“The ideas of the ruling class are in every epoch the ruling ideas, i.e. the class which is the ruling material force of society, is at the same time its ruling intellectual force,” wrote Karl Marx in “The German Ideology.” Taking this basic premise as our point of departure, is it possible to fashion some kind of theory of knowledge that adequately explains our contemporary confusing nightmare of truth and falsity?
In one of my most recent articles, I attempted to articulate why the notion that we live in a post-truth era is plainly ridiculous. At its root, these claims made by corporate media exist only to rehabilitate norms of truth and falsity and to reinscribe the traditional capitalist media hierarchy. My basic call was for “cui bono” (“to whom is it a benefit”) in analyzing truth claims—if we can set aside what we actually believe to be true or false, we can trace who would benefit from our belief in a certain fact from being true. What, then, is truth? My solution to this problem was to look towards Wittgenstein, who identified that the meaning of a word derives from its use. What is true refers to an inter-subjective agreement about what we agree to be true. I believe this is essentially the case, but this kind of claim deserves proper investigation, which we shall commence now.
One of the major claims made against the broad area of thought known as postmodernism is that it attempts to destroy the fundamental values of “Western civilization.” Truth, in the scientific sense, is often presented as an objectively existing thing that we can discover if we search for it—such as with particle accelerators or demographic polling. But this objection to postmodernism reveals that for defenders of the “West,” what is true is not the Truth, but is instead linked to a set of values that cannot be compromised or critiqued. Postmodernism, according to these critics, attacks the fundamental Western values like individuality, biologically determined gender, the free market, etc. If we wish to stay true to these values, then it is merely a matter of choosing not to believe in those nasty nihilistic claims of postmodern vagrants.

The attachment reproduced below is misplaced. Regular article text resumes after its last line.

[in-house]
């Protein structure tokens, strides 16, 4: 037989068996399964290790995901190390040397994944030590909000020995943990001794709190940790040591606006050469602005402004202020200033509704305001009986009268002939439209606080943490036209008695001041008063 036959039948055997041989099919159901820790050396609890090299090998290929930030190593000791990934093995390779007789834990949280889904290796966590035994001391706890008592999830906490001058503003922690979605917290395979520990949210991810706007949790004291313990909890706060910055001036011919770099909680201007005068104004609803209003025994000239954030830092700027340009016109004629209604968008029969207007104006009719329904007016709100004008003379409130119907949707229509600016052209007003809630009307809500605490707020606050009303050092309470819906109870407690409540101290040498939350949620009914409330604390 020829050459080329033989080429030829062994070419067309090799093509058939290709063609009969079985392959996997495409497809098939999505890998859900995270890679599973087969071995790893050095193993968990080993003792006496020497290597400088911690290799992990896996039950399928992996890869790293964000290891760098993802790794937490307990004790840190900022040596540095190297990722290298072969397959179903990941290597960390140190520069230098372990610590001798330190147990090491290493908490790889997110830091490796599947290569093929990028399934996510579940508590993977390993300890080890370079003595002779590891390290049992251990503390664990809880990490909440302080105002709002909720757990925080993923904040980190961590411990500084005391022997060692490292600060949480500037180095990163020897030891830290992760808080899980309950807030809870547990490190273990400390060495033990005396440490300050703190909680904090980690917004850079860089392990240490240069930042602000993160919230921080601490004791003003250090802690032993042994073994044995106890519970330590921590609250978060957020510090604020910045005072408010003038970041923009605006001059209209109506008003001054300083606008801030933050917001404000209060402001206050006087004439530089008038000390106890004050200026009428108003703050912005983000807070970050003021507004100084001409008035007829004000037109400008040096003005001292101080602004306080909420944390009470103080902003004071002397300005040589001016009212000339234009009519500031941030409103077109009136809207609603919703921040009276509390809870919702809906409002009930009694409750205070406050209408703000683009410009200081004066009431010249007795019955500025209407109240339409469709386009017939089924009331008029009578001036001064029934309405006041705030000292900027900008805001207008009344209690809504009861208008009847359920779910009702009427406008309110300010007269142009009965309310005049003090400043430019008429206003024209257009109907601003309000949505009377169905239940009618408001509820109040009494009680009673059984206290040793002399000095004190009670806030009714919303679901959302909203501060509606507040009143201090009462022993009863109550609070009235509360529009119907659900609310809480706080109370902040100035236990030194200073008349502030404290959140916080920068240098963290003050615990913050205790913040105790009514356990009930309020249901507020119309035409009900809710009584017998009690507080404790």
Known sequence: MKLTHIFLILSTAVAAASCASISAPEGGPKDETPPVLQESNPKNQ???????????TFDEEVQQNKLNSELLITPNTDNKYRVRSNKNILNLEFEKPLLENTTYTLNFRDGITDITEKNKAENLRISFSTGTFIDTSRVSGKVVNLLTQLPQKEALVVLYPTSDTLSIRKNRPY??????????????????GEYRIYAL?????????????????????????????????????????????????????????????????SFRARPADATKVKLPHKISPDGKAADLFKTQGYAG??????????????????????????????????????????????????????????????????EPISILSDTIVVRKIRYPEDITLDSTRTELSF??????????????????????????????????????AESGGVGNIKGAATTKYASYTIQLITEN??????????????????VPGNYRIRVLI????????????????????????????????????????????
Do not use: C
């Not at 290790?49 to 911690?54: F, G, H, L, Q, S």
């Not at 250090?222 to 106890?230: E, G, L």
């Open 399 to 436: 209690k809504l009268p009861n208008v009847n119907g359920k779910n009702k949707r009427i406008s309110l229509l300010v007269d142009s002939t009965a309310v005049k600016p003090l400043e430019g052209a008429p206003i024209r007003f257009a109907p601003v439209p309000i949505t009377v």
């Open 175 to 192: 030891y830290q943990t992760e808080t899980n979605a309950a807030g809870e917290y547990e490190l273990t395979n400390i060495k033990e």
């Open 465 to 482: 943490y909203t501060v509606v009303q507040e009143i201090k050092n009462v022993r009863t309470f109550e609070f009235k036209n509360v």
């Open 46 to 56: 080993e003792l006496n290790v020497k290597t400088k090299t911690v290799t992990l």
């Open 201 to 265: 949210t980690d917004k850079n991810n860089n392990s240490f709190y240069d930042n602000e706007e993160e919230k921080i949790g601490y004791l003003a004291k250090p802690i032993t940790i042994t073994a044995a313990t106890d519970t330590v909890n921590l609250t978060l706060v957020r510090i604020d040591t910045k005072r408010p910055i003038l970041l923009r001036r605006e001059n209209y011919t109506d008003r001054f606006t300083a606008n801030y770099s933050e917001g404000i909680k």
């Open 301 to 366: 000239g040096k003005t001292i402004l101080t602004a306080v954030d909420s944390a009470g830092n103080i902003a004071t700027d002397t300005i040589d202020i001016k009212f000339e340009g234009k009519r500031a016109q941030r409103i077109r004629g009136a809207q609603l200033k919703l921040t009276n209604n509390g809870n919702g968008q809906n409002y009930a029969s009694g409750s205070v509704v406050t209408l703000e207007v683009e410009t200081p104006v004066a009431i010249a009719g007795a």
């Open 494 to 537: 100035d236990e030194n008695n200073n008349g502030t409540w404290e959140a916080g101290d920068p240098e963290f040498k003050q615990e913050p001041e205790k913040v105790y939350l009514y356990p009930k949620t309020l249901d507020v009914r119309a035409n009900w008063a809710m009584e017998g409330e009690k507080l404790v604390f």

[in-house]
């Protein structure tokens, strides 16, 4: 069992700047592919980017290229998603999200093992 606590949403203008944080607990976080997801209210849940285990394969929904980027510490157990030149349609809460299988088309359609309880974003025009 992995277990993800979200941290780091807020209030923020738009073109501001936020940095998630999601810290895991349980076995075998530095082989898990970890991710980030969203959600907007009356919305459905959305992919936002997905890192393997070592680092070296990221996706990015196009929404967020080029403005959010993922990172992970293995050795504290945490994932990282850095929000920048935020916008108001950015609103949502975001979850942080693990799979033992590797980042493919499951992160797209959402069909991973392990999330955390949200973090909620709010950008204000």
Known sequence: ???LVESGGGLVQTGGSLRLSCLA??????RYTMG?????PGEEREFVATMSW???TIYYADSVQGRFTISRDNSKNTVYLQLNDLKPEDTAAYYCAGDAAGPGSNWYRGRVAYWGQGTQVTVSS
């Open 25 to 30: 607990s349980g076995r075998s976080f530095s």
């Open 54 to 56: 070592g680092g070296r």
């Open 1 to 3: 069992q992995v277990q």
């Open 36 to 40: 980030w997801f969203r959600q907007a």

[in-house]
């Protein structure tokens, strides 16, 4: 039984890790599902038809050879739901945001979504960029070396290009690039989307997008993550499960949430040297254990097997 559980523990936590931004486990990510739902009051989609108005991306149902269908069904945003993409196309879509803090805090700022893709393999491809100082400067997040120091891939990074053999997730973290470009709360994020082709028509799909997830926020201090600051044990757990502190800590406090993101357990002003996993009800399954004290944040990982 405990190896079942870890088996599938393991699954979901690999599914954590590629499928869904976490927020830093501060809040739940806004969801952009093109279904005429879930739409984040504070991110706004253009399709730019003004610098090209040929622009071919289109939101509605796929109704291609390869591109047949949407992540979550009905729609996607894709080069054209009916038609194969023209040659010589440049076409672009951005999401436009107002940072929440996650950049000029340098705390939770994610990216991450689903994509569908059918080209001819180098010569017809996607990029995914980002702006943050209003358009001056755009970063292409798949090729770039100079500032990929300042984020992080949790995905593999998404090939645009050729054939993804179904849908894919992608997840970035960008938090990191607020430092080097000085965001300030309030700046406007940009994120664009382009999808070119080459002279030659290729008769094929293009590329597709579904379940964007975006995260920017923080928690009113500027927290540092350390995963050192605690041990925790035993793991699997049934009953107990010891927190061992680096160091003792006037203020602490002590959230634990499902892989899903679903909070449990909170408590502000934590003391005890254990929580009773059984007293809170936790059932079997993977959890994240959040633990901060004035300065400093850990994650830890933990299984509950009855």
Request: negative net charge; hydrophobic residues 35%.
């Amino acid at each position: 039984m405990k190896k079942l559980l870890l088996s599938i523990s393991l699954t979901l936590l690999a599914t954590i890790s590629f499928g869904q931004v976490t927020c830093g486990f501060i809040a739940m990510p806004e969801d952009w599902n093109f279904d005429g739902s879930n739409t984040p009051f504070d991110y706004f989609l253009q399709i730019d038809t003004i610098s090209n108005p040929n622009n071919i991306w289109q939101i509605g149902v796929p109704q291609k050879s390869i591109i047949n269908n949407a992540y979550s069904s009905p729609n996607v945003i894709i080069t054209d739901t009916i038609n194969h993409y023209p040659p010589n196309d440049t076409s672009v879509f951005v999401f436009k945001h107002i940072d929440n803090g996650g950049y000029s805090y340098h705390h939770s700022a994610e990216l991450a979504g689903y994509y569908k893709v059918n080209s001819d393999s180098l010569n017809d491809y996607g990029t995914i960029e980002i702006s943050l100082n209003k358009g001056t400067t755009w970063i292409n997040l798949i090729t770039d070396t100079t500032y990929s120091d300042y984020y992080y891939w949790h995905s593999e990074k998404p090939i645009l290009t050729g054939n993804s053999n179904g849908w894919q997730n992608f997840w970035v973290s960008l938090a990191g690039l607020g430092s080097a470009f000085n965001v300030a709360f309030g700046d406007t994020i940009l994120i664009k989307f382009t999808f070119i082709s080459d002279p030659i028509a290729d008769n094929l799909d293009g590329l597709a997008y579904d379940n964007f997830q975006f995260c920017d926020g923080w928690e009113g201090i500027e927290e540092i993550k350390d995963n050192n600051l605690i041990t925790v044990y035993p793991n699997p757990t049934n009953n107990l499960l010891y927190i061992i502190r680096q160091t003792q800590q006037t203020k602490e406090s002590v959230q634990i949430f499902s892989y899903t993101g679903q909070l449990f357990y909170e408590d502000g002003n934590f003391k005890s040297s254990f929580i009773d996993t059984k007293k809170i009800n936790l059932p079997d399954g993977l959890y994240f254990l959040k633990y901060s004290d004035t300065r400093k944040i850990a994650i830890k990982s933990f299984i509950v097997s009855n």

It’s also instructive to look at a more credible (in my opinion, anyways) claim under the same lens. Most climate scientists agree that climate change is real, human-caused, and poses an imminent existential threat to the human species (not to mention the numerous extinctions of other species due to the changing climate). Climate change deniers, even as their numbers are falling, represent a certain demographic with specific values. Now, a crucial part of this understanding of truth shifts the emphasis from intention to impacts. What someone intends with a specific belief, as well as how they justify that belief, are not very important. Instead, the consequences of their beliefs are much more telling. In this example, there is a specific profit motive by multinational energy corporations to encourage disbelief in the accelerating annihilation of the environment. On the other side of the argument, people who believe in climate change do so out of a fundamental desire to protect life on Earth, human or otherwise. From these fundamental beliefs there arise specific truth claims and actions.
Crucially, I am not trying to reduce a truth claim to its underlying values or consequences and therefore argue that there is some sort of equivalency between all different kinds of truth claims. Of course, there are good reasons to believe scientific empiricism over conspiratorial claims without strong evidence-based justifications.
What I’m arguing, instead, is that one important way of analyzing whether or not something is true is to look at its foundational values—that is to say, the fundamental origins and consequences of that belief.
Now, the tension in this argument comes with trying to figure out what the actual values or consequences are. Someone who supports American notions of individualism may claim that their beliefs do not extend beyond the ability to shoot off fireworks whenever they please, or to own as many different firearms as possible. On the contrary, I am suggesting that these beliefs are never in a vacuum, but instead are always linked to a hierarchy of power—in this scenario, American individualism falls in line with the support of corporations and, in the context of firearms specifically, with the NRA. For this example, I am deliberately conflating the belief in an idea (such as Constitutional rights) and a truth claim—in the analysis of foundational values, there is no difference between the two.
The ultimate goal of this type of investigation into matters of truth returns us to Marx’s relation between the ruling ideas and the ruling class of every epoch. If we are to believe Marx, that would suggest that ideas that are generally popularized in order to maintain the masters of the present system of social relations. If the basic ideas of what is or is not true become confused on a mass scale, it is because such confusion helps continue the present capitalist system. To support those people who are exploited for the benefit of those capitalists is necessarily to challenge what is commonly accepted as truth, such as the existence of the era of “post-truth.” In doing so, we get the heart of what is truth really is, as well as what it is not.
Cormac Chester is a member of the Class of 2020 can be reached at email@example.com.